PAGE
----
4 Lessons I Learnt From A Helpful Stranger Before He Revealed Who He Was

4 Lessons I Learnt From A Helpful Stranger Before He Revealed Who He Was

Then I learned a fifth one.

It was the 90s. 

Days of doing what the heart desired. Way before mobile phones took that away.

College was off. And interminable summer stretched ahead.

It meant reading, hikes, and nighttime meet-ups with the gang. 

And ideas that turned into plans within minutes.

And I wanted to see the Gateway of India by night but I lived 200 km away.

Spoke to a friend that night and a plan was made.

I’d travel to Mumbai by bus from Pune. He’d arrange for a two-wheeler to go around and visit the Gateway.

I landed in Mumbai in the sickly heat, enough to melt the ice cream on the billboard ads. My friend and I went to grab a bite and a cold drink from a small cafe near the bus station before anything else. 

And to see if the air con would chill us enough to brave the heat again. 

Good thing too.

He’d not been able to manage the two-wheeler. I was a little short of mad.

We debated using the bus, or the train, but I had decided to do this on a two-wheeler.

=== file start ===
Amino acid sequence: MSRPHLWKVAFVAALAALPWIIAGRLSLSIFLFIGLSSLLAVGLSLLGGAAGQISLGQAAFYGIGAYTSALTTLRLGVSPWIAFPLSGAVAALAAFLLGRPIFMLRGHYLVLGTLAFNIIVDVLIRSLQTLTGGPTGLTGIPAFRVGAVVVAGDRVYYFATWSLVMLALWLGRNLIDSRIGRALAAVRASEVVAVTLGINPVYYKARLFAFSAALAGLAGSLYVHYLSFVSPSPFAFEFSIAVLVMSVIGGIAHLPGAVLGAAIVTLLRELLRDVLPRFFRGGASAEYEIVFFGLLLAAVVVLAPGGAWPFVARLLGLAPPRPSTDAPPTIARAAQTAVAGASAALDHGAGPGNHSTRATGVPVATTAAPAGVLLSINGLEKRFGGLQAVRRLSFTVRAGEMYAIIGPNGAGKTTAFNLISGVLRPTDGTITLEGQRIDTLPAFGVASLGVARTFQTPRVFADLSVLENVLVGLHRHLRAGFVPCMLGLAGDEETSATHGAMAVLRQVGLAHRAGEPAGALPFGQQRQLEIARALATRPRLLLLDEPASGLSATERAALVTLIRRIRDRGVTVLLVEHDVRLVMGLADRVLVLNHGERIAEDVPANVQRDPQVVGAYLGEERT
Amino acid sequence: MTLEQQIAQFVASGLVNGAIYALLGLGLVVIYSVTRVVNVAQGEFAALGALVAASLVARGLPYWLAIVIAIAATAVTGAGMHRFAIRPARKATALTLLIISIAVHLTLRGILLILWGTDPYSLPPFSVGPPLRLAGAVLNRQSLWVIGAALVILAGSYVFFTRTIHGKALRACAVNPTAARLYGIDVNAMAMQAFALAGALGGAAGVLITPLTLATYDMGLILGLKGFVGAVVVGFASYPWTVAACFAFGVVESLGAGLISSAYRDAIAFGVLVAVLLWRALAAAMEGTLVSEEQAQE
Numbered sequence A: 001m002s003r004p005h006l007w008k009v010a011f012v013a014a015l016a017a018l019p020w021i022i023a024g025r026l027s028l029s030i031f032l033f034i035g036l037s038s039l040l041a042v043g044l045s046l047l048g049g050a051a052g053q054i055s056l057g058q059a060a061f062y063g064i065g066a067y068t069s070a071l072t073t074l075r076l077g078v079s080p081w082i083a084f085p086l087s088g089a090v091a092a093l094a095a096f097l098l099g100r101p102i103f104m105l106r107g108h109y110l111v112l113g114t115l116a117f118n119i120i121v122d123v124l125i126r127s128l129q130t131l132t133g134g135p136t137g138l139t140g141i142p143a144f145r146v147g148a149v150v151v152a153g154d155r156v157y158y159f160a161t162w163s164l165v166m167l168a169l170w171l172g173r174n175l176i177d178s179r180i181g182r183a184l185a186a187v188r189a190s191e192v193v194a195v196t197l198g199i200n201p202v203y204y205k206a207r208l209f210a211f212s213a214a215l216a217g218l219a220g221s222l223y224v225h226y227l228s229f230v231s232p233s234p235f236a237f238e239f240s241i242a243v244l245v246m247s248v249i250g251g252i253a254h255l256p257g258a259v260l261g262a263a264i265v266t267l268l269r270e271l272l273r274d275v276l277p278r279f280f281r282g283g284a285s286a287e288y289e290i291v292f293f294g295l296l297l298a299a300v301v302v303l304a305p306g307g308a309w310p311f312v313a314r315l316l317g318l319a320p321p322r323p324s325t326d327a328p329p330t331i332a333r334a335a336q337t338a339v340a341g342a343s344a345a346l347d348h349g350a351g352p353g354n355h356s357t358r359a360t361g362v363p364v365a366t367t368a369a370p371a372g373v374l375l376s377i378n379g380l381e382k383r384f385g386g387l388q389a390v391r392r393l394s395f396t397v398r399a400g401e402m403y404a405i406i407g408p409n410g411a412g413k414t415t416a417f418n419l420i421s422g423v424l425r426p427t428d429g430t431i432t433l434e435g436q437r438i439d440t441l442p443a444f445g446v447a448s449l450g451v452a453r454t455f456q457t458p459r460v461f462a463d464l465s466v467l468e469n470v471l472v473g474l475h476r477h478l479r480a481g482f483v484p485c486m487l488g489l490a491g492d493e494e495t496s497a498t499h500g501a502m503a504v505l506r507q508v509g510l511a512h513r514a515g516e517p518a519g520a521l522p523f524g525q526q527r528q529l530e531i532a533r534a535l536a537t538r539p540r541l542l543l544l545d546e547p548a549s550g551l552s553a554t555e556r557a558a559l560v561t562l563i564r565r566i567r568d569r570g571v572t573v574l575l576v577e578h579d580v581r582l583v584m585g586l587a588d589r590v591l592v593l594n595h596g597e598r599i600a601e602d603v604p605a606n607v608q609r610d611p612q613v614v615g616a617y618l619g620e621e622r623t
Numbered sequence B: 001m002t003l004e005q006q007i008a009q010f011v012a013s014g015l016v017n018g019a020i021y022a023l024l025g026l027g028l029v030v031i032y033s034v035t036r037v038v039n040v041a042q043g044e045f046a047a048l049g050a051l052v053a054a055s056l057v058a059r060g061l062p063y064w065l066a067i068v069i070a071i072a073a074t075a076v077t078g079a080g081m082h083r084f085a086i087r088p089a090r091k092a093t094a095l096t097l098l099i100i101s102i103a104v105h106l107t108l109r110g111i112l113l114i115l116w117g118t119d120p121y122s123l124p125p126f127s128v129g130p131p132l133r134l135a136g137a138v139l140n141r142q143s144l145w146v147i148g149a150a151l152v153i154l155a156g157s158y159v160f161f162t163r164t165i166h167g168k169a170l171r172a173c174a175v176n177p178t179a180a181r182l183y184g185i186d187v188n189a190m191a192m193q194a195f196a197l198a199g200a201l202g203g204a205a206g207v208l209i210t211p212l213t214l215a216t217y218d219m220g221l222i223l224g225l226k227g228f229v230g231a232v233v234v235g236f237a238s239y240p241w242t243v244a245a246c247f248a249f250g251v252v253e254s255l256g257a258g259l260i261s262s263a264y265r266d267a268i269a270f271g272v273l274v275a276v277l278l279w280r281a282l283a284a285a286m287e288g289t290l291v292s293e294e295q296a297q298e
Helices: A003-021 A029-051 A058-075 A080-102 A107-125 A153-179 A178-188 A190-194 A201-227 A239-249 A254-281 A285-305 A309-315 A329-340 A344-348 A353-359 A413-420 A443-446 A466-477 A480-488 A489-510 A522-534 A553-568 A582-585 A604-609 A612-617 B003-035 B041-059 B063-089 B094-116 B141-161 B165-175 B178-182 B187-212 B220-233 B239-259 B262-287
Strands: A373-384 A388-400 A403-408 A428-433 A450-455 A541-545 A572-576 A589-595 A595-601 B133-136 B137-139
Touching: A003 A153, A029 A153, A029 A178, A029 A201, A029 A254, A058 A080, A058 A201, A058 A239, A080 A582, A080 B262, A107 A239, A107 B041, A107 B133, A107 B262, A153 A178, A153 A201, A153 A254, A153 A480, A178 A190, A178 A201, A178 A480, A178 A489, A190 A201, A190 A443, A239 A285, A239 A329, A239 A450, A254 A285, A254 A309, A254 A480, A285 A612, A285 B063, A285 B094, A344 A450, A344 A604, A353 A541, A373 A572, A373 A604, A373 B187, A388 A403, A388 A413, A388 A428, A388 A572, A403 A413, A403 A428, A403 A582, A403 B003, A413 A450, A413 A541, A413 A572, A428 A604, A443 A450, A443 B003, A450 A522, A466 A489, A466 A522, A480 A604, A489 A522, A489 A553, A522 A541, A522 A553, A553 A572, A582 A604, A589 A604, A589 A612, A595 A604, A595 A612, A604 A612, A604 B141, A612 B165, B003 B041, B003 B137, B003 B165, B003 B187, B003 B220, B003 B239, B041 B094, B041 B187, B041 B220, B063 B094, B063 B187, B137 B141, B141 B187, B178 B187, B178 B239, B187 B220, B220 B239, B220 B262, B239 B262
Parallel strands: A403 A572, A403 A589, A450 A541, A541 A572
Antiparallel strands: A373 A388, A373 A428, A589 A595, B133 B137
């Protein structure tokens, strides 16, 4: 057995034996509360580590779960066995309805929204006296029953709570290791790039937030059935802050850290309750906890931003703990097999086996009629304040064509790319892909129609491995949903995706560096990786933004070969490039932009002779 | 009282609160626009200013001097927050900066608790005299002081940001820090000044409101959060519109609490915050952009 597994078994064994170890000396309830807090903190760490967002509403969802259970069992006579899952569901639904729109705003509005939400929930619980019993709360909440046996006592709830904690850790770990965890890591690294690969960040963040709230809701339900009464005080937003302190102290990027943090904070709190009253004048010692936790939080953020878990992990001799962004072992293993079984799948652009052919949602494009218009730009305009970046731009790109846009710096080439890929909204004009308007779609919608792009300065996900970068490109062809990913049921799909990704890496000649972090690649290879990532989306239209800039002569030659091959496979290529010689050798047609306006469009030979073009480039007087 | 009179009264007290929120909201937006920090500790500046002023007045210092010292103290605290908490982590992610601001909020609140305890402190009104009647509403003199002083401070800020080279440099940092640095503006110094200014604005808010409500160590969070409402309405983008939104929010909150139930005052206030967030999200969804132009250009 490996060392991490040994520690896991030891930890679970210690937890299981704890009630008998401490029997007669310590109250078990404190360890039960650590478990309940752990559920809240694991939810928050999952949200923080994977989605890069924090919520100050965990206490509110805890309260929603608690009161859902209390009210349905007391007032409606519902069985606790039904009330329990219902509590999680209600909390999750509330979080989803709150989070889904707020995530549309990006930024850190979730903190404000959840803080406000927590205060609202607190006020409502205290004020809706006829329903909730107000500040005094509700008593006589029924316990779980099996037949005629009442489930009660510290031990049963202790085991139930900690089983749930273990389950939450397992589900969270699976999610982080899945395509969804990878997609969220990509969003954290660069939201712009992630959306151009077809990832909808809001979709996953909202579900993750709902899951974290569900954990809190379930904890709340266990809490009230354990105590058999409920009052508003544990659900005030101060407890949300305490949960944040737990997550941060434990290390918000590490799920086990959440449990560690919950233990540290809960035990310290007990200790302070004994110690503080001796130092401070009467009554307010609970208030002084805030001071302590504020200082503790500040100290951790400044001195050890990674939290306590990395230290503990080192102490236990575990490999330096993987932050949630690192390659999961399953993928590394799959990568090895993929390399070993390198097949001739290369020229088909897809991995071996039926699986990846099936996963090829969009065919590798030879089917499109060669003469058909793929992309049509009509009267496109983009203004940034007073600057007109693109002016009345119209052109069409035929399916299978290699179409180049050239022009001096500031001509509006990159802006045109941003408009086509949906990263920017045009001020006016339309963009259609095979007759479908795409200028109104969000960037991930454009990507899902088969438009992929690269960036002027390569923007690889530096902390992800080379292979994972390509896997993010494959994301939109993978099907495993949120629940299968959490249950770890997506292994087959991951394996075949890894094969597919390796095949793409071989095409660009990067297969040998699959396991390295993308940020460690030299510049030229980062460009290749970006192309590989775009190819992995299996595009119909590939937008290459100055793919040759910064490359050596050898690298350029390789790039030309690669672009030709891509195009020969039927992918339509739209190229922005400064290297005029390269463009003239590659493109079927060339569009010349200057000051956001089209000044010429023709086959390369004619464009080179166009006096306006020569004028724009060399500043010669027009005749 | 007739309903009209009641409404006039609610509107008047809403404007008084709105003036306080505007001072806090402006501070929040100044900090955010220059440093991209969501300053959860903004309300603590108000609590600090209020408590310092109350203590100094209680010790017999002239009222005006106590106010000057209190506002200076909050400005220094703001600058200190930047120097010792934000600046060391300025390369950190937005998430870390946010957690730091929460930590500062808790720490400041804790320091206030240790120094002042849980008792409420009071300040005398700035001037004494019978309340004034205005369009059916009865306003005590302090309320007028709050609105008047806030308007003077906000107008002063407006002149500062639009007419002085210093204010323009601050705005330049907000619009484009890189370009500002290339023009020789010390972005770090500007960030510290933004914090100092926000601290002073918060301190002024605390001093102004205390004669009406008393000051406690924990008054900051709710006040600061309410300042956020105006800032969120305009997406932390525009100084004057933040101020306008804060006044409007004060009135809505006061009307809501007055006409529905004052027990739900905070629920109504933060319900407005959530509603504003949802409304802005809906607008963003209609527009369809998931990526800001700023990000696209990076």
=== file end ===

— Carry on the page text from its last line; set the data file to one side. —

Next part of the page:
It was that or nothing. 

While we were arguing away and I was trying hard not to raise my voice, a guy from the neighboring table walked up to us. 

“You can have mine”, he said, tossing us the key to a Bajaj Pulsar bike. 

“It’s parked right outside. Drop it back here when you’re done. Fill it up, no other cost.” he said.

We looked at each other and then back at him.

Why is he doing this? Is the two-wheeler stolen? 

And, uh, who is he?

Does it matters when you are helped?

Plans in minutes, remember?

No point in letting this chance go. We told him when we would be back by, grabbed the keys, and rode away.

If you’ve been to Mumbai you know the distances are as long as the heat is oppressive. 

Buses, taxis cars, rickshaws, and hawkers jostle for space 24 x 7. 

We had a long ride ahead of us in the humid weather. 

Flyovers were still a pipe dream passed on from one party in power to the next. 

And Google Maps? Forget it.

We stopped at every major junction for directions and by the time it was about 6 PM, we reached the magnificent Gateway of India.